Aug 2, 2018

Writing Watchmen in 1985!

Excerpt from comic book store zine Telegraph Wire which included a long interview from SDCC 1985 with... Alan Moore! The complete interview is available HERE.

Alan Moore: [...] WATCHMEN is my first project to actually use what I’ve learned. WATCHMEN is very, very structured. It’s twelve issues long.

I know exactly what the image in the last panel is going to be. I can see it as a whole from beginning to end. I’m really pleased with the way it’s working.

I’ve been working closely with Dave Gibbons on the project. Dave’s putting so much into it. It’s not just the writing; we’re coming together on a level of pure story-telling. I mean, the way Dave’s drawing things affects the way I’m writing it. The way he’s laying out pages is affecting the way I’m writing it.

It’s a really amazing experience. I’m enjoying it immensely.
[...]

We’re trying to step back from the superhero a little bit; we want to take a fresh look at the idea of being a superhero. Joe Schuster and Jerry Siegel brought out SUPERMAN in 1939. There were no other superheroes and I think that for us today, it’s very difficult to imagine what the impact of that character was; since Superman in comics, the sky is full of flying men. It’s not quite the same. The whole superhero idea has grown up with cliches around it and that has smothered it in a way. You can no longer see the woods for the trees.

What me and Dave have tried to do with WATCHMEN is to somehow get back to that point where we stepped away from the conventional idea of superheroes. I wanted to do something that used the superhero in a very, very different way to the way it’s been used before: psychologically.

One of the main things is to see what effect a superhero would have upon the world. In the DC and Marvel universes, they don’t have any effect. They’re all extraordinary beings, but the world they live in is very much the same as ours.

In WATCHMEN, we try to think it through politically and socially. We’ve got a character called Mr. Manhattan who is the only actual superhero in the book.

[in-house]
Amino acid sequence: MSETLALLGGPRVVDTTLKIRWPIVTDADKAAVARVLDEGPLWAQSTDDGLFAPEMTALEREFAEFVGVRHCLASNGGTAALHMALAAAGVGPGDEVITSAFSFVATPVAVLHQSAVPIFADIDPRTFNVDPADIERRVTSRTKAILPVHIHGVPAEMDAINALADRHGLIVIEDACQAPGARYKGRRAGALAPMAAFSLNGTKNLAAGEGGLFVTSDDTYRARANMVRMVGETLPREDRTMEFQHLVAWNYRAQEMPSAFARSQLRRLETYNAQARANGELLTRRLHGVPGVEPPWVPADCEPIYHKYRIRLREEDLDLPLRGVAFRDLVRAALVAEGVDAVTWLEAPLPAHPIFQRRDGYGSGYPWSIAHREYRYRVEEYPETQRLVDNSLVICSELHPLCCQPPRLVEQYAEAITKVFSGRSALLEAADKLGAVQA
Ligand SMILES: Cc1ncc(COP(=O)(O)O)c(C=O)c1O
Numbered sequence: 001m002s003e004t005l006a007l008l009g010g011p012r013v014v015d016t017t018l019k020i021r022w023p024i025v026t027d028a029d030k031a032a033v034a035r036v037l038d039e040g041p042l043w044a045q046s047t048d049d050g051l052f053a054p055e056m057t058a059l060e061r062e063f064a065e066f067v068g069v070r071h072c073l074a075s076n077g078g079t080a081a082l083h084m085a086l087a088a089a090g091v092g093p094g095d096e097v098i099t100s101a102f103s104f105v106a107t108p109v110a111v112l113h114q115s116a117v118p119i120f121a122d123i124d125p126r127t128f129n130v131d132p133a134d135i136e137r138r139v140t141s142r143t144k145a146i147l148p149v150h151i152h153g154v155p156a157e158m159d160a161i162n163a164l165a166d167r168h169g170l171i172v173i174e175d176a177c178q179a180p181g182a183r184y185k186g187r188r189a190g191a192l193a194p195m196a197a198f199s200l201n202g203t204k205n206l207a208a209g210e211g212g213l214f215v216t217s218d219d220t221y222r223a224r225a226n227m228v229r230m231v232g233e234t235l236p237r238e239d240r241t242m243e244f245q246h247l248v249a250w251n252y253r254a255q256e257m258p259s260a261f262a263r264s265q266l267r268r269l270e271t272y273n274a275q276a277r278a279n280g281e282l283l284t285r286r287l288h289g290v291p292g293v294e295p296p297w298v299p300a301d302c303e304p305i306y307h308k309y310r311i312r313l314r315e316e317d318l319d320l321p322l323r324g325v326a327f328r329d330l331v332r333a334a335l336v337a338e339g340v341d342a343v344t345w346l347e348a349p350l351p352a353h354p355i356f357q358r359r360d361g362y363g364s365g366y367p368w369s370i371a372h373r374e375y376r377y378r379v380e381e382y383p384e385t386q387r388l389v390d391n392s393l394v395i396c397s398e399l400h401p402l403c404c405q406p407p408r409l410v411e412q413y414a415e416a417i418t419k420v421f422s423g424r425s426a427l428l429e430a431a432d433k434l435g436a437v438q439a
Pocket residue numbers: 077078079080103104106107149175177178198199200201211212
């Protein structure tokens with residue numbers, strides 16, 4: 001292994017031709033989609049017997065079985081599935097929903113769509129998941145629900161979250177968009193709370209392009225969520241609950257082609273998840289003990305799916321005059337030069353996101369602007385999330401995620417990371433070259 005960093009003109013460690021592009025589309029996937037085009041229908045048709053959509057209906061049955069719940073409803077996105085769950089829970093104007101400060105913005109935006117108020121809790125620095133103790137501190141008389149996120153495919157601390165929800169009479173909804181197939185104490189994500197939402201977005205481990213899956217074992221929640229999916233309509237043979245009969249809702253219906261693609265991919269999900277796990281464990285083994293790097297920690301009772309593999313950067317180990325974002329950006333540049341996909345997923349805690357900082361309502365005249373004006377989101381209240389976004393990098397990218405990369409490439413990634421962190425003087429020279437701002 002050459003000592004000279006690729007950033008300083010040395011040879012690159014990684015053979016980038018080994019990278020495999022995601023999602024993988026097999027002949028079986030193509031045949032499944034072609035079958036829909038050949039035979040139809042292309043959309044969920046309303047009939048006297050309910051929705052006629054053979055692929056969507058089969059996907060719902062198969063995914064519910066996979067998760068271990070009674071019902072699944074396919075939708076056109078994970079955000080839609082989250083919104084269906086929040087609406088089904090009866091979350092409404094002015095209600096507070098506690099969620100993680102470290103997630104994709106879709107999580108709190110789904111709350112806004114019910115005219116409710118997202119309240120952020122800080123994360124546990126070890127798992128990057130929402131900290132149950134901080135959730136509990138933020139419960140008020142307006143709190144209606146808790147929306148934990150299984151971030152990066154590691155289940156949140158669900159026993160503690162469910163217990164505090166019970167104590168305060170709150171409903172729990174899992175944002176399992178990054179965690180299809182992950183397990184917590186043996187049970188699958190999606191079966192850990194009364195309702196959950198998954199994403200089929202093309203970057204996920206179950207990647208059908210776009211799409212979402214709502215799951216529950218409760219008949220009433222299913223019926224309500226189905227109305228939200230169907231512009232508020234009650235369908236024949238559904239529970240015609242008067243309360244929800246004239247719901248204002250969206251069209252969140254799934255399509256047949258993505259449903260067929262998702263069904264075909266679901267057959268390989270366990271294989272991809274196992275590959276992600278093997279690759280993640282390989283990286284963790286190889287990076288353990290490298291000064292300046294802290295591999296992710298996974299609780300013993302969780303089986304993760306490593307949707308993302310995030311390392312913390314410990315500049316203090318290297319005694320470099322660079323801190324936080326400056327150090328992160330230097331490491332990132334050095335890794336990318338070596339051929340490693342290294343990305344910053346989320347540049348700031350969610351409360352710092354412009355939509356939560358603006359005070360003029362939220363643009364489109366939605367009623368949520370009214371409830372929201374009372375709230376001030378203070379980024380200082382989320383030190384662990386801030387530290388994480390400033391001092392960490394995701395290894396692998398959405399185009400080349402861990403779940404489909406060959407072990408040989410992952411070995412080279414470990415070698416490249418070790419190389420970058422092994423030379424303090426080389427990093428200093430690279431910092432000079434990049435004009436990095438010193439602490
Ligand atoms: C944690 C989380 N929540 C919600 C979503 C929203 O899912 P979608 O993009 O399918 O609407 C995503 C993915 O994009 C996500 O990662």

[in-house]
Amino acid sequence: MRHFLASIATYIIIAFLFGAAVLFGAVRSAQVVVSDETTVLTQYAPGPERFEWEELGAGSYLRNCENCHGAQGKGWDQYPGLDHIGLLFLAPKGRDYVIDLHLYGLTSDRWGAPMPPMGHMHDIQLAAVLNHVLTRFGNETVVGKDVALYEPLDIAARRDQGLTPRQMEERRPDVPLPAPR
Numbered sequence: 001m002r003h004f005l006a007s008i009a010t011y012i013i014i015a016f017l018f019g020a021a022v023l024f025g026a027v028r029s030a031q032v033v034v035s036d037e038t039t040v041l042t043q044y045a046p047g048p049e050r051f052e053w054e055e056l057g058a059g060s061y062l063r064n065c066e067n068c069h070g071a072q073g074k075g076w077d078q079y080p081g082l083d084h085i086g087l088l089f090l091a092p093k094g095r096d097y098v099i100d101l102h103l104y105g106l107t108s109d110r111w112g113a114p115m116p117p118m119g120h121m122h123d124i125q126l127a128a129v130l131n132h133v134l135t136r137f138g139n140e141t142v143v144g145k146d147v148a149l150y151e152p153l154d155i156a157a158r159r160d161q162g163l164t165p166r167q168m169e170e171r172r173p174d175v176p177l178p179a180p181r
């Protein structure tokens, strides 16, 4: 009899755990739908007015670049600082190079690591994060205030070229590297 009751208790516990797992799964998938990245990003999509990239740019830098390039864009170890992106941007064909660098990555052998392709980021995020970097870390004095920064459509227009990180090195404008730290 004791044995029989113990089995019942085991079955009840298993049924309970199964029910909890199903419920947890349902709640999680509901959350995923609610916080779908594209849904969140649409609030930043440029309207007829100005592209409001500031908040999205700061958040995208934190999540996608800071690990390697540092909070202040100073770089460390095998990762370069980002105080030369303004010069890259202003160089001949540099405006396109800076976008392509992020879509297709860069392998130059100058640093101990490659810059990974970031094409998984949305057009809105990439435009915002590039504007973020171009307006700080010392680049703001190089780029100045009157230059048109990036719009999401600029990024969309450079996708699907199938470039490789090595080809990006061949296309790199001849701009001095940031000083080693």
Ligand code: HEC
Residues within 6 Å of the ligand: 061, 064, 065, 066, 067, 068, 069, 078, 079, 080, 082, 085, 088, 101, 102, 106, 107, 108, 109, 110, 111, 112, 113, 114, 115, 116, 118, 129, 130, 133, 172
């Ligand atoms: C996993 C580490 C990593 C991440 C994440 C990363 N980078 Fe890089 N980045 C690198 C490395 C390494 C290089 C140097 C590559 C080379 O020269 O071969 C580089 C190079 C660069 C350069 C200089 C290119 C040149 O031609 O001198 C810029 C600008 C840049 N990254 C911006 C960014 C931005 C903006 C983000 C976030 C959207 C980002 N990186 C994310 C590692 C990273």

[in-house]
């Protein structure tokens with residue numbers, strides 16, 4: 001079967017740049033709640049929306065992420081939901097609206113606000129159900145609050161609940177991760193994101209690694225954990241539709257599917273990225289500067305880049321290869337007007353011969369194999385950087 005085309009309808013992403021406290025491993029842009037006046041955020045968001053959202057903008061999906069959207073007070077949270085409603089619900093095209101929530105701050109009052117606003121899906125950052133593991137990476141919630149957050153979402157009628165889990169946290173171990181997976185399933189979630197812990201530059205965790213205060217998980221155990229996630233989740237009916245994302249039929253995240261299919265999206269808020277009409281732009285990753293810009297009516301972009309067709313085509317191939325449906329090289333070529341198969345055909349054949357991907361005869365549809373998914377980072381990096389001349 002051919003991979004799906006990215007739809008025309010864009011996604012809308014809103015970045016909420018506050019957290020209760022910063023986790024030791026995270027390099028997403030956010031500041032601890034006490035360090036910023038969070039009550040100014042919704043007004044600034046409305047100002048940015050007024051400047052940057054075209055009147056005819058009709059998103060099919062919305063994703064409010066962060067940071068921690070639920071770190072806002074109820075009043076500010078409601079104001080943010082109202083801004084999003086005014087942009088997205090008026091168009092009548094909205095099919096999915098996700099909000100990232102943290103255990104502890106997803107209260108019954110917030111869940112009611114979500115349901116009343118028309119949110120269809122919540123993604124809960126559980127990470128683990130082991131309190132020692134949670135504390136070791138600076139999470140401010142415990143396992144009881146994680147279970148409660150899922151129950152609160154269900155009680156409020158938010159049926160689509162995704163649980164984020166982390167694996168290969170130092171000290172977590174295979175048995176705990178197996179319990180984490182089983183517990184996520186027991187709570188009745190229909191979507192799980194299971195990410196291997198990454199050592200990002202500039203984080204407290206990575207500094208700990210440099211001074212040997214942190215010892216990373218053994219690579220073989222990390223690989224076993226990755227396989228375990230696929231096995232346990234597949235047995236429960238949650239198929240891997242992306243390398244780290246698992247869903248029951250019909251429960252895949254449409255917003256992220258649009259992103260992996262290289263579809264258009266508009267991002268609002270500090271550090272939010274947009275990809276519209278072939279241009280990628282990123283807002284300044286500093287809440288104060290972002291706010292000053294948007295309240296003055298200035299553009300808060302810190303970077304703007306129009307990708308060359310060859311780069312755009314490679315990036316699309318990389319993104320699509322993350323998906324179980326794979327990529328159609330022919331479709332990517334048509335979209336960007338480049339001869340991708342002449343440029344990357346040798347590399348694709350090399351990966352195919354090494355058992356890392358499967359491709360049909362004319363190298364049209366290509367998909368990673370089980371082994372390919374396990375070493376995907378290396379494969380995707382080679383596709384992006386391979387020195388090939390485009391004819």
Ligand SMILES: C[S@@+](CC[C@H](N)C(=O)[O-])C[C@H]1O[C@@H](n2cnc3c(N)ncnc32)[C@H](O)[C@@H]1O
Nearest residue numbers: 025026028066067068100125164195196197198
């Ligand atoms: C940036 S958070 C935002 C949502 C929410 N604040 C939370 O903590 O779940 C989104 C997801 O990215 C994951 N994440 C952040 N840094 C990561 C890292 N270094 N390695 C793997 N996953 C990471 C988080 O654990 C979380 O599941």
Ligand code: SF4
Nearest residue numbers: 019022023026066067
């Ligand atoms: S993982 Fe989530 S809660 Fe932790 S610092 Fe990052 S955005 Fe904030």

He’s the only actual one with powers. He emerges about 1965 and from that point on, the world is different forever. Since he’s strongly aligned to the American military, obviously, he’s like a step beyond the neutron bomb. Instantly, the balance of world power changes.

I think if the American government had found a superhero, they would have been a little bit more adventuresome in their foreign policy whereas the Russians would most certainly have been a little more timid.

In the world we’re dealing with, America won the Vietnamese war. The Russians have not invaded Afghanistan. Basically, they’re in the Kremlin under the table with their fingers in their ears. They’re terrified and the only option that they have left is mutually assured destruction. Their backs are against the wall.

You’ve reached a point where the doomsday clock is seconds away from midnight. It’s closer to disaster than our own world is. That is one of the main themes of the book: it’s this paranoid, frightening world that’s just getting closer and closer to Armageddon.

And it’s all because of this one superhero.

There are other costumed heroes in the book, but most of them are retired because I don’t think that the American legal system, or any legal system, would support superheroes. It would just cause so many problems. If you allow one guy in a mask to go around beating people up, anyone in a mask can beat people up. It just wouldn’t work. So most of the superheroes have been forced into retirement – apart from those who are valuable to the military, which includes Dr. Manhattan. That is where it all begins.

There’s a lot of different threads in it. One of the things that ties the entire story together is a murder mystery that runs all the way through the plot.

I can’t tell you an awful lot without giving away the plot.

We’ve got some interesting characters. There’s Rorschach who’s a really psychotic vigilante. Whereas in most comic books the psychopath will get angry, a real psychopath doesn’t get angry. A psychopath will break your arm and smile… or never react at all.
[...]

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